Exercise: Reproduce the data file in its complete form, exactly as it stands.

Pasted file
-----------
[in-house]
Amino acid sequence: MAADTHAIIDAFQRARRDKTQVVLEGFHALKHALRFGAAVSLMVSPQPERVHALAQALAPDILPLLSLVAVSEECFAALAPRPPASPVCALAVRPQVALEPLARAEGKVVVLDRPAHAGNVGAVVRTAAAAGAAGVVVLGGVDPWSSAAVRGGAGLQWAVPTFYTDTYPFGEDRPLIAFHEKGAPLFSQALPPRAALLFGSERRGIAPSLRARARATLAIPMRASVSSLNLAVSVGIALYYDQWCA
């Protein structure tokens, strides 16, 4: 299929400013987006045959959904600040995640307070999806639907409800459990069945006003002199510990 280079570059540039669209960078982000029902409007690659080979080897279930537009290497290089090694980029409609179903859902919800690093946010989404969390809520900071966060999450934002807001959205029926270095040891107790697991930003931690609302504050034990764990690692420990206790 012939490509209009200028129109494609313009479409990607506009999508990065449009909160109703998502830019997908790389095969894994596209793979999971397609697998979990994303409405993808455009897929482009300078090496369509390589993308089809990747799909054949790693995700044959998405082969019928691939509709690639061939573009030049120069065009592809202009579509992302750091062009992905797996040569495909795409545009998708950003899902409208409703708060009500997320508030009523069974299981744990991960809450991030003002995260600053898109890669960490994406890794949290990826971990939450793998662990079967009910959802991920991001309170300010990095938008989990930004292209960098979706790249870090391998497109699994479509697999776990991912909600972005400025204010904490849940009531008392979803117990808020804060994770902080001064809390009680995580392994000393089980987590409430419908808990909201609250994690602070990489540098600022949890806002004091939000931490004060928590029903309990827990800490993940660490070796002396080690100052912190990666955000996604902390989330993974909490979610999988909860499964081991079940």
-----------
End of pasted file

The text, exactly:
[in-house]
Amino acid sequence: MAADTHAIIDAFQRARRDKTQVVLEGFHALKHALRFGAAVSLMVSPQPERVHALAQALAPDILPLLSLVAVSEECFAALAPRPPASPVCALAVRPQVALEPLARAEGKVVVLDRPAHAGNVGAVVRTAAAAGAAGVVVLGGVDPWSSAAVRGGAGLQWAVPTFYTDTYPFGEDRPLIAFHEKGAPLFSQALPPRAALLFGSERRGIAPSLRARARATLAIPMRASVSSLNLAVSVGIALYYDQWCA
């Protein structure tokens, strides 16, 4: 299929400013987006045959959904600040995640307070999806639907409800459990069945006003002199510990 280079570059540039669209960078982000029902409007690659080979080897279930537009290497290089090694980029409609179903859902919800690093946010989404969390809520900071966060999450934002807001959205029926270095040891107790697991930003931690609302504050034990764990690692420990206790 012939490509209009200028129109494609313009479409990607506009999508990065449009909160109703998502830019997908790389095969894994596209793979999971397609697998979990994303409405993808455009897929482009300078090496369509390589993308089809990747799909054949790693995700044959998405082969019928691939509709690639061939573009030049120069065009592809202009579509992302750091062009992905797996040569495909795409545009998708950003899902409208409703708060009500997320508030009523069974299981744990991960809450991030003002995260600053898109890669960490994406890794949290990826971990939450793998662990079967009910959802991920991001309170300010990095938008989990930004292209960098979706790249870090391998497109699994479509697999776990991912909600972005400025204010904490849940009531008392979803117990808020804060994770902080001064809390009680995580392994000393089980987590409430419908808990909201609250994690602070990489540098600022949890806002004091939000931490004060928590029903309990827990800490993940660490070796002396080690100052912190990666955000996604902390989330993974909490979610999988909860499964081991079940």